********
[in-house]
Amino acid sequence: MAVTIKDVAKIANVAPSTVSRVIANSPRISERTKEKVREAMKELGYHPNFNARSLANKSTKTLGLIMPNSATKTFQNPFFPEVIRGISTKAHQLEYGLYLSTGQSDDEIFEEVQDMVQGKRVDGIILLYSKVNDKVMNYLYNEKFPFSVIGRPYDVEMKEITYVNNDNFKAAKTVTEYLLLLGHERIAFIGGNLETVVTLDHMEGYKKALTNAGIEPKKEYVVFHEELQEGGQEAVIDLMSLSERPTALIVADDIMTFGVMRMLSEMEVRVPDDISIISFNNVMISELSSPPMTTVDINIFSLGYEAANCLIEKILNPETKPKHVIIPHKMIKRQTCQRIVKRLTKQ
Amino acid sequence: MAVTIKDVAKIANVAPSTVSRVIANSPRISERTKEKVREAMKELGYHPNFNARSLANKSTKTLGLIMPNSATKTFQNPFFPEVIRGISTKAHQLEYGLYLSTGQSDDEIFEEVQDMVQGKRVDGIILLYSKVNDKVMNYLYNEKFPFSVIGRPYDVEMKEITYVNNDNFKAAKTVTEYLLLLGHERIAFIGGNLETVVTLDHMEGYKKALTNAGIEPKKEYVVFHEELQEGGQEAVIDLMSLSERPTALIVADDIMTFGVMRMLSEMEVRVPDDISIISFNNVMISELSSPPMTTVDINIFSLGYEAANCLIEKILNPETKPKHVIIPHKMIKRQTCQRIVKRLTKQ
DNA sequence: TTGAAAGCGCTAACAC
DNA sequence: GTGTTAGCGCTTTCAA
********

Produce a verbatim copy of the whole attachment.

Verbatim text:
[in-house]
Amino acid sequence: MAVTIKDVAKIANVAPSTVSRVIANSPRISERTKEKVREAMKELGYHPNFNARSLANKSTKTLGLIMPNSATKTFQNPFFPEVIRGISTKAHQLEYGLYLSTGQSDDEIFEEVQDMVQGKRVDGIILLYSKVNDKVMNYLYNEKFPFSVIGRPYDVEMKEITYVNNDNFKAAKTVTEYLLLLGHERIAFIGGNLETVVTLDHMEGYKKALTNAGIEPKKEYVVFHEELQEGGQEAVIDLMSLSERPTALIVADDIMTFGVMRMLSEMEVRVPDDISIISFNNVMISELSSPPMTTVDINIFSLGYEAANCLIEKILNPETKPKHVIIPHKMIKRQTCQRIVKRLTKQ
Amino acid sequence: MAVTIKDVAKIANVAPSTVSRVIANSPRISERTKEKVREAMKELGYHPNFNARSLANKSTKTLGLIMPNSATKTFQNPFFPEVIRGISTKAHQLEYGLYLSTGQSDDEIFEEVQDMVQGKRVDGIILLYSKVNDKVMNYLYNEKFPFSVIGRPYDVEMKEITYVNNDNFKAAKTVTEYLLLLGHERIAFIGGNLETVVTLDHMEGYKKALTNAGIEPKKEYVVFHEELQEGGQEAVIDLMSLSERPTALIVADDIMTFGVMRMLSEMEVRVPDDISIISFNNVMISELSSPPMTTVDINIFSLGYEAANCLIEKILNPETKPKHVIIPHKMIKRQTCQRIVKRLTKQ
DNA sequence: TTGAAAGCGCTAACAC
DNA sequence: GTGTTAGCGCTTTCAA